The use of “class” in Cultural Studies follows from perspectives such as these, and not from the vulgar economic determinism or the orthodox Marxist or the romantic fantasies, utopias, and to use Marx’s term, “Robinsonades,” of the apologists for the social relations of capital.

To return to Hoggart and Birmingham, they argue that culture is the crucial determinant of class and class identity. As such, culture is not something apart, after, or floating above the economic “base”, but actually constitutive of the social relations of capital. This understanding of social class is fundamental to Cultural Studies.

Seeing social class as constitutive of the social relations of capital moves us to the pair that Hoggart credited with establishing Cultural Studies: E. P. Thompson and Raymond Williams.

Thompson’s great work was the appropriately named The Making of the English Working Class. In it class is “a relationship, not a thing” and Thompson sets out to describe the creation of the working class by analyzing how it was that the “English working people came to feel an identity of interests as between themselves and as against their rulers and employers. The ‘making’ [of the working class] is a self-conscious activity” (Aronowitz, Roll Over Beethoven, pg. 92). The English working class created itself . Moreover, as the productive class, it is the source of culture as well. The English working class, in other words, defines what "England" and "English" mean, and not the English aristocracy.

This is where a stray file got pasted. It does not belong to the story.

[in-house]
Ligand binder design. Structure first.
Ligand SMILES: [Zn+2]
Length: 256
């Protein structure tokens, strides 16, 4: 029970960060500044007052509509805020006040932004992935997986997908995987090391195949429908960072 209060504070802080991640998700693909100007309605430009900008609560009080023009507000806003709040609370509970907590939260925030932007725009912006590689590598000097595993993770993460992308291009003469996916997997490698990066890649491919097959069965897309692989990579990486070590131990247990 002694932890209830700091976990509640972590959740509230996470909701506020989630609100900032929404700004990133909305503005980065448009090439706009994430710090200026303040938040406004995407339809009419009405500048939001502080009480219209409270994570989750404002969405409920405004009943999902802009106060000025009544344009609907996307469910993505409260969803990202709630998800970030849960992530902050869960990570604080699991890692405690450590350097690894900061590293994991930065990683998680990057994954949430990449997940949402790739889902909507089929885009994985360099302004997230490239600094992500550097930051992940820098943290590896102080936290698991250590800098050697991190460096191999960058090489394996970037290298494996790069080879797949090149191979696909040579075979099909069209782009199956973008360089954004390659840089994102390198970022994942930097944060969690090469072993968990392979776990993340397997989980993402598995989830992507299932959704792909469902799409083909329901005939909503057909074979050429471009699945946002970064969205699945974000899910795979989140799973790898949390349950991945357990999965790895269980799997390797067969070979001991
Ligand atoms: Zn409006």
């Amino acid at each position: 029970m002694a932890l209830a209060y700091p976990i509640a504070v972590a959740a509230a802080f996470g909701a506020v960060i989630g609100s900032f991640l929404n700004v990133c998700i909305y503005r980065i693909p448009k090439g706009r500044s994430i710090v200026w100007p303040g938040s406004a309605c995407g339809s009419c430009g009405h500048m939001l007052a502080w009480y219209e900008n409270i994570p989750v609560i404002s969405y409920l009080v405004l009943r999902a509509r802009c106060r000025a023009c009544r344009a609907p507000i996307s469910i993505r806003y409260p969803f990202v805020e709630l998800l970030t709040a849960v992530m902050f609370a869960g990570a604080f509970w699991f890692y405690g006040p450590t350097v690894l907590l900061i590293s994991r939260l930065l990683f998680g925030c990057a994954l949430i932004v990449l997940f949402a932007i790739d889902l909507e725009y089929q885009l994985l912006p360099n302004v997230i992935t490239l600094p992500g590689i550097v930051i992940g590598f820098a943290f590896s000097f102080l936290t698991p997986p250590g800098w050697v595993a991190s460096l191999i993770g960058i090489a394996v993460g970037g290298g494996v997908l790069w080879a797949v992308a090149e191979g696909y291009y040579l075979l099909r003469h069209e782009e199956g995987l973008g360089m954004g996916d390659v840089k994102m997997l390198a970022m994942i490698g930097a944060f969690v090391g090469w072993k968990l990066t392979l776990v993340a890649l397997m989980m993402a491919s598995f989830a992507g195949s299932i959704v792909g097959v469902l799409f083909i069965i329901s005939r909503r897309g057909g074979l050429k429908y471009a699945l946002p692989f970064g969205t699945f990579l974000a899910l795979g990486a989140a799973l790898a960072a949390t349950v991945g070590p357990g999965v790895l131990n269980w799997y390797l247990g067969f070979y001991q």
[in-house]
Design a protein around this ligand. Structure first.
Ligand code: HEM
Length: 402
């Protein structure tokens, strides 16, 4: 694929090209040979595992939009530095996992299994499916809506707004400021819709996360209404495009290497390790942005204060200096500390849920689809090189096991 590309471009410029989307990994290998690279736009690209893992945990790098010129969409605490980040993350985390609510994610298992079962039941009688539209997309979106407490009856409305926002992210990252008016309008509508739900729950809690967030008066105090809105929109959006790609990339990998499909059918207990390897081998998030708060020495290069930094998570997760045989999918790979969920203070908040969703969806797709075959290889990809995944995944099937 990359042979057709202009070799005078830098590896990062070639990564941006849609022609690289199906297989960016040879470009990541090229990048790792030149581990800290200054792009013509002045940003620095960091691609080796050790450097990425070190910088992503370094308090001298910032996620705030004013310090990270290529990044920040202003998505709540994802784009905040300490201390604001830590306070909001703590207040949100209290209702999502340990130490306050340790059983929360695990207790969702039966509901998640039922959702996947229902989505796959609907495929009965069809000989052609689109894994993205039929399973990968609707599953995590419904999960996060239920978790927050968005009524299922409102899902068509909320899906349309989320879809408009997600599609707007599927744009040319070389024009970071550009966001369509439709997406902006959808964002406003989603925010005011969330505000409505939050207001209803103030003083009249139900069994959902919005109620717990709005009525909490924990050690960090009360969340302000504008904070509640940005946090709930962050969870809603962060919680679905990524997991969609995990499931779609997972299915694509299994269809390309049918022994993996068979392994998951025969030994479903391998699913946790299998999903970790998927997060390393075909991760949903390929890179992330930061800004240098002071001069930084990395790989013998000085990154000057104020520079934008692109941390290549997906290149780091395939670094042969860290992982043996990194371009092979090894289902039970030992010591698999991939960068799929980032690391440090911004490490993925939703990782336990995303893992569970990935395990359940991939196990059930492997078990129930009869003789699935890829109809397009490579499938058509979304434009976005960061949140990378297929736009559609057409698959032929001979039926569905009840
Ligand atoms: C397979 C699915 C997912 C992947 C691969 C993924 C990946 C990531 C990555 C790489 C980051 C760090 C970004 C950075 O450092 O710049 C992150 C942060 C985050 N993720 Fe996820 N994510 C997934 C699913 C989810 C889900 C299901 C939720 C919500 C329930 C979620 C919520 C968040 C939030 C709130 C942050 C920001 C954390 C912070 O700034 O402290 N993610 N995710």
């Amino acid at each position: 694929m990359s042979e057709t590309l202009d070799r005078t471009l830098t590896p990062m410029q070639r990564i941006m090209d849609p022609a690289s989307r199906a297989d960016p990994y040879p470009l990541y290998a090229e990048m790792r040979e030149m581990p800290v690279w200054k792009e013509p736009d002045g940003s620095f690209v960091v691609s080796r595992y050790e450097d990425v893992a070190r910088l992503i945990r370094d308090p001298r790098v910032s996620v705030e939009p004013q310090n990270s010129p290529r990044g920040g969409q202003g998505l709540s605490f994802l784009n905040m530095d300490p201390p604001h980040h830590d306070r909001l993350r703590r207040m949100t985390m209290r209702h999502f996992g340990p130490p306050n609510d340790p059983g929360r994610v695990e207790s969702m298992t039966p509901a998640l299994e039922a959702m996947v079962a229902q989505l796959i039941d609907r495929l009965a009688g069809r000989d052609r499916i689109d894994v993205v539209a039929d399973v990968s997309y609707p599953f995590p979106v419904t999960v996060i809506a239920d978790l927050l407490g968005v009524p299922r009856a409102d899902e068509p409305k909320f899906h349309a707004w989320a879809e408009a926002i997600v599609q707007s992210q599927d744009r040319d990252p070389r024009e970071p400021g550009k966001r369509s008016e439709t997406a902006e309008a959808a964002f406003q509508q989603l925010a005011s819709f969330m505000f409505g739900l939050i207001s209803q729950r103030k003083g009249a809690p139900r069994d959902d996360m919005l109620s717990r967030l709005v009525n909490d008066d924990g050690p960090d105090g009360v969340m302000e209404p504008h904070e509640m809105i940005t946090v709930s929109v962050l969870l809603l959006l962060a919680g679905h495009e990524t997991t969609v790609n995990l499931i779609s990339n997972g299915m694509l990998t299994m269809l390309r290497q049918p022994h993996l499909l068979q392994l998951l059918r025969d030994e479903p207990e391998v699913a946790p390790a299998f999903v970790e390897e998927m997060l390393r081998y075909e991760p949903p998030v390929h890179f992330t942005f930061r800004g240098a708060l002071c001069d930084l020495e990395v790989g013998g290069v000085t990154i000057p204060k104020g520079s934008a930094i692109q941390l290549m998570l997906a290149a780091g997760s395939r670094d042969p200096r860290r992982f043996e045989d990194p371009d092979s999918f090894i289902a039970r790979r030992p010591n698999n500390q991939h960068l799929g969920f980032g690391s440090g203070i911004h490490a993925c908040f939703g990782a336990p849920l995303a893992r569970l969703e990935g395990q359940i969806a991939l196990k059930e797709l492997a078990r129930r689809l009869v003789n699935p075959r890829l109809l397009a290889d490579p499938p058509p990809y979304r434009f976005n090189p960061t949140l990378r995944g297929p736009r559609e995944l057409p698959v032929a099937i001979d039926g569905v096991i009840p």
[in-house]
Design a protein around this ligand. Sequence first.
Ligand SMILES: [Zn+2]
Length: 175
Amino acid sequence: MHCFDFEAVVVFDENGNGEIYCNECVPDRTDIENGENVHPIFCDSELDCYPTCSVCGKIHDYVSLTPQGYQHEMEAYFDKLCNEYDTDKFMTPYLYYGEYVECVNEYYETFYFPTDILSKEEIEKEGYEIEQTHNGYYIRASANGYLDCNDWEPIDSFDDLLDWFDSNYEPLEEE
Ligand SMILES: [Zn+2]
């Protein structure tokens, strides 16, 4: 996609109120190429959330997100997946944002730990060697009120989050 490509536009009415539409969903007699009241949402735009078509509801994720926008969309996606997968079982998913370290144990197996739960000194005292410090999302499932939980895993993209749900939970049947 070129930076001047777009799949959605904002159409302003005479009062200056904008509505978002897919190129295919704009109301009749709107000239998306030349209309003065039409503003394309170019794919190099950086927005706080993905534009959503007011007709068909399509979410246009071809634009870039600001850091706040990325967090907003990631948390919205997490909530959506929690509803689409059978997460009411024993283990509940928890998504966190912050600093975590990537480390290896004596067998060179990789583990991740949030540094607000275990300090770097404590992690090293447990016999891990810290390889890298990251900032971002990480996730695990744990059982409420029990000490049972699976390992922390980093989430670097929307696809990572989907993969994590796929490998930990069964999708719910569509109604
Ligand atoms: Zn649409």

During the period framed by Hoggart and Hall, work in Cultural Studies in the U. K. was organized around two fundamental distinctions: first, the the hegemonic upper and middle class culture is distinct from popular culture, and that popular culture can be distinguished from commercial culture, i. e., the products of what the Frankfurt School had already called the “culture industry.” In both of these formulations, however, popular culture served as a site of resistance to the dominant order. British cultural studies attempted to show that the working classes had produced a relatively autonomous culture that resisted the appropriations and dominance of the hegemonic order. Moreover, Hoggart, Hall, Williams, and Thompson all wanted to reclaim that appropriated cultural artifacts of the working class.